Social integration and gender differences in adolescent depression: school context, friendship groups, and romantic relations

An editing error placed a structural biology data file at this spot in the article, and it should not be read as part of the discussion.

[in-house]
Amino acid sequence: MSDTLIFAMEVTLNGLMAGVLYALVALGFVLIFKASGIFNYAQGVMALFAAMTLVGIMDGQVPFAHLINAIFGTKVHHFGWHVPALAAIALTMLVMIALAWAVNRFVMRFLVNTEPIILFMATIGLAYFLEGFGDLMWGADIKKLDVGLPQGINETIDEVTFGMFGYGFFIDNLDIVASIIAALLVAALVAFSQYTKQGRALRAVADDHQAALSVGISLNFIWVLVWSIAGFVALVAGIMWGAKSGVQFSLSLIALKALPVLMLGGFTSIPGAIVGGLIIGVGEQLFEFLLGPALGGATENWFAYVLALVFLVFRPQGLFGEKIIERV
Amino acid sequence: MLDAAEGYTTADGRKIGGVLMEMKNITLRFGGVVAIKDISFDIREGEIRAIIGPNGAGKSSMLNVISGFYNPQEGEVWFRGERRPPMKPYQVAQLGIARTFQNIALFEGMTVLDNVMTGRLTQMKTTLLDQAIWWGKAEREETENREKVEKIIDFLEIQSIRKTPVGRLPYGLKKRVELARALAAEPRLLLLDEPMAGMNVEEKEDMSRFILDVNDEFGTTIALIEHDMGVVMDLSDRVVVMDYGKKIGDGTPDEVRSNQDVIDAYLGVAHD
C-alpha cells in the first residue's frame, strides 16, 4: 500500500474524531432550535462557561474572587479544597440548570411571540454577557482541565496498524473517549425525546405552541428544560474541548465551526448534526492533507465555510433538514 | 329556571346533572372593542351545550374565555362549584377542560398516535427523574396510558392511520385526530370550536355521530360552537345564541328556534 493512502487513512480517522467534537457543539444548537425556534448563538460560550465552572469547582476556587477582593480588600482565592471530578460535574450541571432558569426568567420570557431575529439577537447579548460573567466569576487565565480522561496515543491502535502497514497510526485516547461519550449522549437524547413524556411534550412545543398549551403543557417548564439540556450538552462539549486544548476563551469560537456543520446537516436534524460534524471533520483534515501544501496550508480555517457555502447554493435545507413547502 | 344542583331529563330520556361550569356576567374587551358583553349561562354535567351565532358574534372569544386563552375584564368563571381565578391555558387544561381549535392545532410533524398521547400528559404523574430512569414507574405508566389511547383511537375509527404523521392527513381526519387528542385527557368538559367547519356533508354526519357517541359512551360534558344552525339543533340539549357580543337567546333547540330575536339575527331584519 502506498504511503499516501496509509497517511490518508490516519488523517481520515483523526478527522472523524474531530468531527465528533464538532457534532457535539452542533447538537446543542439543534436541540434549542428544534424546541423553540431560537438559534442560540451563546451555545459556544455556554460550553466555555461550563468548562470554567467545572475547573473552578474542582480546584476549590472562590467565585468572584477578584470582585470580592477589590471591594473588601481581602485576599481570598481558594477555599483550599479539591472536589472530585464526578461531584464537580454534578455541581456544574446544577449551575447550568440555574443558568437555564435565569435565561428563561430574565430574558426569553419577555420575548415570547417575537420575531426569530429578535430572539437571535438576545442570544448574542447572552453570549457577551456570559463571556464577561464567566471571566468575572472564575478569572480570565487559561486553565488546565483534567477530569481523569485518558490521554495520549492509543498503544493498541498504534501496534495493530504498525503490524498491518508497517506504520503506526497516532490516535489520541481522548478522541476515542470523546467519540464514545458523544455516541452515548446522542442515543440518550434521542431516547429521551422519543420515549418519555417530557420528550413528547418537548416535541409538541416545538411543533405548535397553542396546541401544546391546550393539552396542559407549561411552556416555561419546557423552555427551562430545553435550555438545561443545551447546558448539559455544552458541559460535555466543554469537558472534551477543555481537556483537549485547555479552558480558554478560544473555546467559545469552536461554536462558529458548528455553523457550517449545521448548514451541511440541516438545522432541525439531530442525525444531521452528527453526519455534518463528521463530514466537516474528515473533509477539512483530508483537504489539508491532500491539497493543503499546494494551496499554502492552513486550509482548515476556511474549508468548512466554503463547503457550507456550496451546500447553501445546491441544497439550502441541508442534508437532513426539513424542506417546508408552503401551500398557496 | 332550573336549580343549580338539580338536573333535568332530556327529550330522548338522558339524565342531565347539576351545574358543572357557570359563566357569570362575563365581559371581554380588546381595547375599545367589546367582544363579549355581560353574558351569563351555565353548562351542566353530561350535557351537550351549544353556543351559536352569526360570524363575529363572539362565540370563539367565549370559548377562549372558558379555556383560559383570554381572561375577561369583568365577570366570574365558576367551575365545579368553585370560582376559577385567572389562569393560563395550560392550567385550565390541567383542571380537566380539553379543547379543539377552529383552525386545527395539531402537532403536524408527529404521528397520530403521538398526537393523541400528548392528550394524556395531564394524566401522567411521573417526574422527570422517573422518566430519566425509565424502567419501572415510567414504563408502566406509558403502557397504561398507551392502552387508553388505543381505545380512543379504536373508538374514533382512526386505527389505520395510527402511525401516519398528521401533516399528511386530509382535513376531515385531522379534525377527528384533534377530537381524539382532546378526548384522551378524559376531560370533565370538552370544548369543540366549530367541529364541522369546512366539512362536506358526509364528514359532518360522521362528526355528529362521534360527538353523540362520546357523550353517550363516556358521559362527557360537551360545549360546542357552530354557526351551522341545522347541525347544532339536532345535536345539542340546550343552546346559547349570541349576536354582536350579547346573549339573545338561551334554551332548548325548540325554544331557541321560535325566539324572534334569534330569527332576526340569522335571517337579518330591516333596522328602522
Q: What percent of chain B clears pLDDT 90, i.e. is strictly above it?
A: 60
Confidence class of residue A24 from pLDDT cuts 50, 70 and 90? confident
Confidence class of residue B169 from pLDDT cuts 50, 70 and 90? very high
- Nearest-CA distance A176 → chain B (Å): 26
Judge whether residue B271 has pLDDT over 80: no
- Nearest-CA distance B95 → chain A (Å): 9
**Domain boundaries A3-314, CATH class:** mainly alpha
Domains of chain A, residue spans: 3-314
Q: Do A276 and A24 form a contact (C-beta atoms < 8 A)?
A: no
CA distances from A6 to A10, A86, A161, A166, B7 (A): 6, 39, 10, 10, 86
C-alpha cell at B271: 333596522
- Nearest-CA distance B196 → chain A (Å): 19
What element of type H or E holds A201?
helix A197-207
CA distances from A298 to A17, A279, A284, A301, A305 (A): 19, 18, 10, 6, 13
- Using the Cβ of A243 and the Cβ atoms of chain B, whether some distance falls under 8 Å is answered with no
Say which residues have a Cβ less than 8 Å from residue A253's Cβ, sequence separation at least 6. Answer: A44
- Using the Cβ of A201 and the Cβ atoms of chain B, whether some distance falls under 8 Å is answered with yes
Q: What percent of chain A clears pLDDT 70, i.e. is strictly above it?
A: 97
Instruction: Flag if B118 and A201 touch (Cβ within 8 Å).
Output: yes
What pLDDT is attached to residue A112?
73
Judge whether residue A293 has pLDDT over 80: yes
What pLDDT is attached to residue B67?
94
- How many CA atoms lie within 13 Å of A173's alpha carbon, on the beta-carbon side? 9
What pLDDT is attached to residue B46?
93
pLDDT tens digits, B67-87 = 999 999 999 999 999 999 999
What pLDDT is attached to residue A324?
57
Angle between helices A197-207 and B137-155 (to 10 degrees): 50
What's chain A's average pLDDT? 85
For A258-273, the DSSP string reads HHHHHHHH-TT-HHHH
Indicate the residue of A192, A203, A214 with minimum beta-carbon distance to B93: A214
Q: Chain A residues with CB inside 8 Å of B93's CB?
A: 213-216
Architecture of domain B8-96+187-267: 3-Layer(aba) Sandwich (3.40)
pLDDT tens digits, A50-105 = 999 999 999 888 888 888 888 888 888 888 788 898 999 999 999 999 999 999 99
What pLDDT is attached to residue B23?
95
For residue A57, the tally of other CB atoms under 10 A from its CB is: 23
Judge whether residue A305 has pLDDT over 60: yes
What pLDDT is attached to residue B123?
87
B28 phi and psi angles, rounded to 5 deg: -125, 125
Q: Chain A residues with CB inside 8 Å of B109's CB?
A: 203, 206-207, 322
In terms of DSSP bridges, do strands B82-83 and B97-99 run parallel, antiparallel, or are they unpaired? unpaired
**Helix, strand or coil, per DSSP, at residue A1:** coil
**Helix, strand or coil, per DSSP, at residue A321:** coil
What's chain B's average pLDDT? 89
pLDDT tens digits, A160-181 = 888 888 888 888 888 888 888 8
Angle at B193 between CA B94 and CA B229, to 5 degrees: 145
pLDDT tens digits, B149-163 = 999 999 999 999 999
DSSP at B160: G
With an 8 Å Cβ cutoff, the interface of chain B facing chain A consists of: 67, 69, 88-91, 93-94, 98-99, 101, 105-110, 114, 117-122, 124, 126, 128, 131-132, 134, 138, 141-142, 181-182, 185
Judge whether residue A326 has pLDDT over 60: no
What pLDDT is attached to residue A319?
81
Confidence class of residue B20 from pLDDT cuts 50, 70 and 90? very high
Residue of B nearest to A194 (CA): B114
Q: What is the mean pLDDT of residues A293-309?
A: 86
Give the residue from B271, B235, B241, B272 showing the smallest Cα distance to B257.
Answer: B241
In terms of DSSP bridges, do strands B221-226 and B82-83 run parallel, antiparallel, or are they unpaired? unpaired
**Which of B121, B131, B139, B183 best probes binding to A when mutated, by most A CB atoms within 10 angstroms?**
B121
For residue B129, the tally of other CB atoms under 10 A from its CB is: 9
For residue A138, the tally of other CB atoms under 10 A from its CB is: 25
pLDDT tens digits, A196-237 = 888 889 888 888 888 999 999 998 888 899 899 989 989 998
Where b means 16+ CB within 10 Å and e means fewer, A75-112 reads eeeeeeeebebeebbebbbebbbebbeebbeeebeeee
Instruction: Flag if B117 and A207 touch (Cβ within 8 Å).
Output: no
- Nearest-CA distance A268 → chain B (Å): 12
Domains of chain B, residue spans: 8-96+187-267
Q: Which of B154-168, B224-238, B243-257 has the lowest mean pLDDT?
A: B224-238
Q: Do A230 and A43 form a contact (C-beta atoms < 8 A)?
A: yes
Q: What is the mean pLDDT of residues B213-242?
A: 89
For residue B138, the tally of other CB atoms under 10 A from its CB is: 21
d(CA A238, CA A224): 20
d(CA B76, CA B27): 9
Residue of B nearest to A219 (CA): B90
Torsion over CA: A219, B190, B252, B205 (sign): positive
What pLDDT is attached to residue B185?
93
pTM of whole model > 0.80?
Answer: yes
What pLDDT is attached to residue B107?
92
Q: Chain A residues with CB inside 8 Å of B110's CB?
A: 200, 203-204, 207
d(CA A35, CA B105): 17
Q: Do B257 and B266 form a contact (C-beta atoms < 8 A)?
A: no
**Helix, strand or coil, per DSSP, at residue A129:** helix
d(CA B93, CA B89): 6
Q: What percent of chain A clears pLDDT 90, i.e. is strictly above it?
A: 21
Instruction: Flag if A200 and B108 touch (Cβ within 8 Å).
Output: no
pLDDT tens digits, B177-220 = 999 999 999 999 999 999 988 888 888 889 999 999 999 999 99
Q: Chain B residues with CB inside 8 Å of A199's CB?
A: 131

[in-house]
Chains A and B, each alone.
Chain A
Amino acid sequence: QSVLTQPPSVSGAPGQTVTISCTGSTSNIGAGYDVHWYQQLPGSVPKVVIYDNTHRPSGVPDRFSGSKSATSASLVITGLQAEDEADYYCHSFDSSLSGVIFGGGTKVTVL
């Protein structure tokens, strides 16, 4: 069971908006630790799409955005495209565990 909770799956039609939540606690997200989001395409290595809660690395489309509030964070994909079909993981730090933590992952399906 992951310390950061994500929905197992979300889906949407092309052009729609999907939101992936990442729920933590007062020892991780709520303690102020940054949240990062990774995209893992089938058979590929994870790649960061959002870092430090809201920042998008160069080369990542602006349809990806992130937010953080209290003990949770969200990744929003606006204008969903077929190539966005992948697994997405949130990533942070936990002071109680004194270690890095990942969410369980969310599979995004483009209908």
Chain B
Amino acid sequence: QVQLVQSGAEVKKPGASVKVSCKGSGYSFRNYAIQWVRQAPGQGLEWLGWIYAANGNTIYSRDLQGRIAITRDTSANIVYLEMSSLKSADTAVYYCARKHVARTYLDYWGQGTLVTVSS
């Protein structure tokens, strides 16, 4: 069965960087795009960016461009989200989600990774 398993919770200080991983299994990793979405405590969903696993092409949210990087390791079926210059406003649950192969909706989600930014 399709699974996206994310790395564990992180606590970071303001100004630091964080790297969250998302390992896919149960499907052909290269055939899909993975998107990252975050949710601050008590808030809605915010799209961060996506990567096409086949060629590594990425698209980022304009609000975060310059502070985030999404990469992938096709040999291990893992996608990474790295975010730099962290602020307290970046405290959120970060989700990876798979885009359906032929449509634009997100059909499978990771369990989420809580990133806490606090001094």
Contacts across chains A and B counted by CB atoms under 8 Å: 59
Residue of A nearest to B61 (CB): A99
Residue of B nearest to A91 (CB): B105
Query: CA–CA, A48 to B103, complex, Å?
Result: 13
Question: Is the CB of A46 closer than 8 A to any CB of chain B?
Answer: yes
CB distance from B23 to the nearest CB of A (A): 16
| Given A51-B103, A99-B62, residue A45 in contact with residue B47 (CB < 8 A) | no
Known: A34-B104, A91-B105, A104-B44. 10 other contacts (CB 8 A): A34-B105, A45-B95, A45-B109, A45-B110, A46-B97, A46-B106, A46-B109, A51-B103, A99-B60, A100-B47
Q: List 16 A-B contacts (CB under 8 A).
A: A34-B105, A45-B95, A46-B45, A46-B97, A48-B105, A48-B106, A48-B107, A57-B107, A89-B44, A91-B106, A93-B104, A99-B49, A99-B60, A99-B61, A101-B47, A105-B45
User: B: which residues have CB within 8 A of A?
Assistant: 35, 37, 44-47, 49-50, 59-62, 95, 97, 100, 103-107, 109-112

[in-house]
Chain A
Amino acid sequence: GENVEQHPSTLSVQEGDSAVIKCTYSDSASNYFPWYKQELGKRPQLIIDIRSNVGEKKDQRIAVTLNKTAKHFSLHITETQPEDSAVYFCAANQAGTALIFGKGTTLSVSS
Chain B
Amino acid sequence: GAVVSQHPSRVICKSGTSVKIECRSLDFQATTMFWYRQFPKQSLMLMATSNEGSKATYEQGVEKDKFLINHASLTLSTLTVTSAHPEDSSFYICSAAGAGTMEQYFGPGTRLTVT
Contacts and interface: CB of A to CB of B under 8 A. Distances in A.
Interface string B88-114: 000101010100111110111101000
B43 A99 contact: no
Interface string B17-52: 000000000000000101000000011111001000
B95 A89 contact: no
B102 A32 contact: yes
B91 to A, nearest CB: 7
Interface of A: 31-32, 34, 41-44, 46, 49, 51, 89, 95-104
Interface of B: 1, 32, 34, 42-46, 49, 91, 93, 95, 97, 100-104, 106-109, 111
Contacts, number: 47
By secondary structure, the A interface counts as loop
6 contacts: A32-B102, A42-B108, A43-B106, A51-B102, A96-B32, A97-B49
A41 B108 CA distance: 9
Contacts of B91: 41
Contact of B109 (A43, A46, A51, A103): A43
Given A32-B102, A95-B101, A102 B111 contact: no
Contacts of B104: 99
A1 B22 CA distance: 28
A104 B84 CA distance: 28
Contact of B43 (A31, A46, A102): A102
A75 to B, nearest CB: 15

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This dissertation investigates the social nature of the gender difference in teen depression by studying its association with social integration at the institutional, group, and personal levels. Taking a developmentally appropriate approach to social integration, I focus on fit within the normative high school context, friendship group position, and involvement in romantic relationships. Based on a conceptual model derived from the strong theoretical assumptions of past literature, the starting point of this research is that the depression of girls, compared to boys, will be more reactive to social integration in positive and negative ways (social integration is conceptualized as a moderator). However, competing viewpoints are also considered to determine whether this traditional assumption masks greater reactivity for boys at these three distinct levels. The quantitative analyses utilize Waves I and II of the National Longitudinal Study of Adolescent Health (Add Health). Results indicate that boys are actually more reactive to a lack of social integration into the normative context of the school. Boys and girls' depression is equally sensitive to integration within the friendship group. Additionally, girls' depression is more reactive to aspects of romantic relationship break-ups. To better explain the gender differences in teen depression, in-depth interviews of students from an Austin Independent School District high school are analyzed to identify the social and psychological mechanisms through which the elements of social integration are associated with depression. Qualitative results support key elements of the proposed conceptual model indicating social comparison and social feedback as the main mechanisms through which social integration is associated with psychological well-being for girls and boys, respectively.